What is it about the dreaded sophomore album**? For decades it has been a stumbling block for so many artists. The one theme common to so many sophomore albums, it seems, is the departure. For whatever reason, most artists' second releases attempt to show a different direction in the music. Sometimes it builds on their existing reputation (see Dinosaur Jr's You're Living All Over Me or My Bloody Valentine's Loveless, Teenage Fanclub's Bandwagonesque), sometimes it damages it (See U2's October, or Weezer's Pinkerton***), but it's usually way out there and it usually takes for fucking ever to come out.

Hang Ups was a departure for Goldfinger, in that it's the their only record with a brass section (largely borrowed from assorted acts of the late-90's Orange County music scene.) Lots of ska-style upstroke and much less distortion than any of their other albums. Fishbone's Angelo Moore even drops by on a few tunes to lend his massive genre credibility to this effort.

Make no mistake, this was an album about goodbyes. From the opening track, a farewell to the feelings of being in control of one's own life, to the closer (Chris Cayton, a song reminiscing over the fate of an estranged friend), this album's tone remains constant. It's an album about loss and about the other kind of hang-up: things we can't get around. It's an album of questions without answers.
"Where are you now? Were you just toying with me? Did you need me to play all your high school games?"
"I wanna know you, is it too late to even try? I hardly know you, another 20 cent goodbye."
"Got some question about your life/don't how you'll ever make it through"

Don't let me convince you that this is a depressing teen angst anthem record. Through it all, the tone of the record is also of survival. It's rough, but we'll get through it. By the time the final song comes around, we're celebrating the time we had with our lost friend, not lamenting the end of the friendship (the reason for which is never even stated). And even the end of the album isn't concrete, as a hidden track (which is one of the strongest tracks on the album) greets the patient listener.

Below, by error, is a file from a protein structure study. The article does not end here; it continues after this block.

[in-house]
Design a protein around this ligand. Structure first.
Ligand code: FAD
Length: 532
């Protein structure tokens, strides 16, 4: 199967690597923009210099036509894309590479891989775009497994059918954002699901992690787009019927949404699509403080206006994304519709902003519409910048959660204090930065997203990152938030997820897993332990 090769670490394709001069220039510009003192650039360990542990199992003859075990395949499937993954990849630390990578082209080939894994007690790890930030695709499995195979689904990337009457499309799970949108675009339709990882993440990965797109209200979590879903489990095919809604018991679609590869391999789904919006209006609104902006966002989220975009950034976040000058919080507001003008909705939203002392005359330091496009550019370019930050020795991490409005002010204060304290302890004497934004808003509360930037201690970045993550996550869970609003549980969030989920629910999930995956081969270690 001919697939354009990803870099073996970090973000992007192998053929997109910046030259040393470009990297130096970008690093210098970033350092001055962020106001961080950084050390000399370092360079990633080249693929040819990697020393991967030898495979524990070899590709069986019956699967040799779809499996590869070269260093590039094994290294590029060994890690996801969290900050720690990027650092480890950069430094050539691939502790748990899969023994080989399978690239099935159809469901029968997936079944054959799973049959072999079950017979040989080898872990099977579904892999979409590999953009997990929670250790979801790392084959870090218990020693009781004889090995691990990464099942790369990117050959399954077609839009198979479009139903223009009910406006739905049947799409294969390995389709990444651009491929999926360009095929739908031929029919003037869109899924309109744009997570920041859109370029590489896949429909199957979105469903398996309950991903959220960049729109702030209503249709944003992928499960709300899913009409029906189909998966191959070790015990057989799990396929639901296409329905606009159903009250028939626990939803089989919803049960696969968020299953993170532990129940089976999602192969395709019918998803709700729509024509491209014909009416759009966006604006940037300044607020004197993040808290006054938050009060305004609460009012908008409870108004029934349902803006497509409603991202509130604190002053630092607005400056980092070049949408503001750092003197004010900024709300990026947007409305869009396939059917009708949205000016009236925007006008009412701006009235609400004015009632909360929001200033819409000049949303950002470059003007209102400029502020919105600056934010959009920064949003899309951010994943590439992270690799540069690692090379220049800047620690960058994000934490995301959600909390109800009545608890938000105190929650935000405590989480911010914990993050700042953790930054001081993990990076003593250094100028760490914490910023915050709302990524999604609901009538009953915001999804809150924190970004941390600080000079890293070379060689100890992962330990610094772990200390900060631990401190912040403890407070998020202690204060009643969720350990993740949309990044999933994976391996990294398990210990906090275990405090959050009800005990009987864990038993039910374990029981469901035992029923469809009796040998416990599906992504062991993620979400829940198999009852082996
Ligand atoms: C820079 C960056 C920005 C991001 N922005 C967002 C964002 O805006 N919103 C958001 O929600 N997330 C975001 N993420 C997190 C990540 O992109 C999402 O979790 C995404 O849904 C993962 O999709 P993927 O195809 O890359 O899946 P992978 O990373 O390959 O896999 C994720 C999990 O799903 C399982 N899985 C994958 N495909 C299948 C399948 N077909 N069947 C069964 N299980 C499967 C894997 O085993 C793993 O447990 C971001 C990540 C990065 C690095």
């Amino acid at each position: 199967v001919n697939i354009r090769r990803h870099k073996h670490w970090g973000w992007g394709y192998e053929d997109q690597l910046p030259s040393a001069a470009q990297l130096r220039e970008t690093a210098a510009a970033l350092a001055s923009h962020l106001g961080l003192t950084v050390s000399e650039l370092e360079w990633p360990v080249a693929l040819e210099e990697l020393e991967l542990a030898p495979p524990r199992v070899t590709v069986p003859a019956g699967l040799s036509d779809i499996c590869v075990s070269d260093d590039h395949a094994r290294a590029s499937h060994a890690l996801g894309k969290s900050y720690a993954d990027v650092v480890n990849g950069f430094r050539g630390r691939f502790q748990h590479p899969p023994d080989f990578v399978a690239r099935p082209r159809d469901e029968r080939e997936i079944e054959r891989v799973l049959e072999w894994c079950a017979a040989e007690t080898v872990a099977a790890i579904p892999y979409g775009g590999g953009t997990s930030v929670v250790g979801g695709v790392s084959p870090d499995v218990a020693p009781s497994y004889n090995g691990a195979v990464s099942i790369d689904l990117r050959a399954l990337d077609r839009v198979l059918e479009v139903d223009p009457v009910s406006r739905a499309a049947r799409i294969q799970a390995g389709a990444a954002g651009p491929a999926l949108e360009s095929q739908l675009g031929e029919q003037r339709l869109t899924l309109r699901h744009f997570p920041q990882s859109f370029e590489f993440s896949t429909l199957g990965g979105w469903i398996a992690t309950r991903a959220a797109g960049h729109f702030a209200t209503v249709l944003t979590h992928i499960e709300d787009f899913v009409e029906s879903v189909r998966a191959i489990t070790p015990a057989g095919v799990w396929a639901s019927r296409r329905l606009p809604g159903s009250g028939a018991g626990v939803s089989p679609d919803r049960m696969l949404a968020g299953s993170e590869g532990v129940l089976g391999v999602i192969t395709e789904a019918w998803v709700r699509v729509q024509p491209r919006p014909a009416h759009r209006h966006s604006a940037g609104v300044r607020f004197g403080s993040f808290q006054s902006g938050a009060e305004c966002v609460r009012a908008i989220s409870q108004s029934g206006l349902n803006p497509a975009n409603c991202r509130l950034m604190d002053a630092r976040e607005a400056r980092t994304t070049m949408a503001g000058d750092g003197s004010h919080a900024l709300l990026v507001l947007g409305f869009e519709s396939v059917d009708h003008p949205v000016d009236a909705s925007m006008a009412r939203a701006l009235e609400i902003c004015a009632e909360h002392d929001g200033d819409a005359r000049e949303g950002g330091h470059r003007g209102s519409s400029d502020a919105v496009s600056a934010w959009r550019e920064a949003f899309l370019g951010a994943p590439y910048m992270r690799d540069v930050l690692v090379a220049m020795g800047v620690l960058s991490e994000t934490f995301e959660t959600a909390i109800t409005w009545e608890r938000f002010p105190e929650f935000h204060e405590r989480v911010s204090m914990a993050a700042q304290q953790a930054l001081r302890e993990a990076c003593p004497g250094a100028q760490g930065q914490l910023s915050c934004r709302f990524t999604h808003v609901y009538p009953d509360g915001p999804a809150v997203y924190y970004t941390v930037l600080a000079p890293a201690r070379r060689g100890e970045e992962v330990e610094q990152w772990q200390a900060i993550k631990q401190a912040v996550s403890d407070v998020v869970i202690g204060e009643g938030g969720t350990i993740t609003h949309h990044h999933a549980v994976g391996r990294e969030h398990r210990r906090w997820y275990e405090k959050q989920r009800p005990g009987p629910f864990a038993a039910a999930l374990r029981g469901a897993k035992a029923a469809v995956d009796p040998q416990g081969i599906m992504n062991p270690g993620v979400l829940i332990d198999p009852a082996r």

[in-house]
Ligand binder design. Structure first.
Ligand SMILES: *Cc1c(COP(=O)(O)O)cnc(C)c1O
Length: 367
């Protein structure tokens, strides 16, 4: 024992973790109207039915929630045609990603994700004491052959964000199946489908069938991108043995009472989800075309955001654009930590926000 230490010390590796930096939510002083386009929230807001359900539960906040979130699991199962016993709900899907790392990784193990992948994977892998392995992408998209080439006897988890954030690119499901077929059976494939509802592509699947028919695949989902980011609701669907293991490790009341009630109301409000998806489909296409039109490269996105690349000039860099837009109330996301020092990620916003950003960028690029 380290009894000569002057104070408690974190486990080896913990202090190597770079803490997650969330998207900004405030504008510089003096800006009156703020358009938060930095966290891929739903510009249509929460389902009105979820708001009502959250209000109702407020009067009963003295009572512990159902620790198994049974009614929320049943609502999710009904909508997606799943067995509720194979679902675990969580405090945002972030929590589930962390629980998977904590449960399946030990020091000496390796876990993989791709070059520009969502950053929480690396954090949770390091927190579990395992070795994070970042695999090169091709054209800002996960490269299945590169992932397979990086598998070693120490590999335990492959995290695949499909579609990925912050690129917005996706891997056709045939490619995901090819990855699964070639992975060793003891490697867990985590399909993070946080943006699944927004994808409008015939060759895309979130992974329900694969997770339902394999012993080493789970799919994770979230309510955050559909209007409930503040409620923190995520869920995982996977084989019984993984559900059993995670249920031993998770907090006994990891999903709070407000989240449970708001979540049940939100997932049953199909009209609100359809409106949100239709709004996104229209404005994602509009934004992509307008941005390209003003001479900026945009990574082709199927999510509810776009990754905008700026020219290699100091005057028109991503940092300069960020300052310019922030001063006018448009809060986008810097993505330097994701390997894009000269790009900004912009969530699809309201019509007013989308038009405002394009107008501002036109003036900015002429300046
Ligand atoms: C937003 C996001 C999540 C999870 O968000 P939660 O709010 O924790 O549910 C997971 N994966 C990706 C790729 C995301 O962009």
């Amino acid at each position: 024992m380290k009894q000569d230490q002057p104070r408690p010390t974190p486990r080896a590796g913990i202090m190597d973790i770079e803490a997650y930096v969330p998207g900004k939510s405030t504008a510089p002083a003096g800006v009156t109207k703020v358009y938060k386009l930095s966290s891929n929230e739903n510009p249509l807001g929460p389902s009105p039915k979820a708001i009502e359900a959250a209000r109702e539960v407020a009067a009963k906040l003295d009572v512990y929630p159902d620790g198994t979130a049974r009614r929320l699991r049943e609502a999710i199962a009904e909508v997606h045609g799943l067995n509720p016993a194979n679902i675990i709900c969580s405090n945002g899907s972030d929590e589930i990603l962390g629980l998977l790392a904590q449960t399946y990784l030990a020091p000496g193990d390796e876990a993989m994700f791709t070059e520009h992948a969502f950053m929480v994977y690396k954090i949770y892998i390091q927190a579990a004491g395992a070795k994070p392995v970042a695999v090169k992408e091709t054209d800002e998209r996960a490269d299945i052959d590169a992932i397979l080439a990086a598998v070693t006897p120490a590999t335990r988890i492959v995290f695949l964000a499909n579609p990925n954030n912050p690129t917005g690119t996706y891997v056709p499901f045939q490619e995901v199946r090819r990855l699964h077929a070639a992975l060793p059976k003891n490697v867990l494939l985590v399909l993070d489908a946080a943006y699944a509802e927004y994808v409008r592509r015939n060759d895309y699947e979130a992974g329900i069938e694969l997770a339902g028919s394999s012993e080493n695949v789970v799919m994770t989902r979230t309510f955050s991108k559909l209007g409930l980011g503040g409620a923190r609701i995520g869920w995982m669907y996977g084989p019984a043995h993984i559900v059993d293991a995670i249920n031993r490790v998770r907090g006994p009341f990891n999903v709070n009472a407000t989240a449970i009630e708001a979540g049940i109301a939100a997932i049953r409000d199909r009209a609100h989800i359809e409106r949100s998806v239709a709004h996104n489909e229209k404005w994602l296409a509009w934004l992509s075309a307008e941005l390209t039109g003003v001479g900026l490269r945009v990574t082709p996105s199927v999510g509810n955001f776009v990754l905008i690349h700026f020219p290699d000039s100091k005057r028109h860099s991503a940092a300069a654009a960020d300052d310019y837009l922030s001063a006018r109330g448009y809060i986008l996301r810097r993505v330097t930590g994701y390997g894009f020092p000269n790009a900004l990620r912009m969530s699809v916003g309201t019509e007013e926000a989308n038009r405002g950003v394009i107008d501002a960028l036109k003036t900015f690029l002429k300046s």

Hang Ups plays its hand openly from the beginning. From the CD booklet which is presented in the form of the yellow pages (with humorous ads), to the CD label which looks like the dialer on a rotary phone, to the album cover or a phone cord in the shape of a noose. Like a Mariano Rivera cut-fastball, you know what this album packs, but it does it so well that it doesn't matter.

** Have you ever noticed this is true of movies as well? The 2nd entry in any movie trilogy is the WTF one. Karate Kid II, Temple of Doom, Empire Strikes Back, the second Mad Max movie, you name it!

*** Whatever you may think of these albums now, they were commercial and critical failures when released.

Thursday, November 29, 2007

Don't Fight The Feeling

Editor's note: I really meant for The Red Skull to be up and running at 100% with a few more writers by this point. In case you don't read Beneath The Underdog, my personal blog, you might not know that my girlfriend, Amanda, was hit by a car two weeks ago. She's okay, but I've been distracted from writing and making this blog a little more presentable. I'm writing this post before I head off to the beach for the weekend, but look forward to more new content, things like link bars, writer information, and hopefully more writers. If you feel that you'd like to write for the Red Skull, send an email to

Live albums are tricky propositions. The traditional rock live albums are drunken retreads through the hits. There are notable exceptions, Live at Leeds, Band Of Gypsys, The Horrible Truth About Burma to name a few.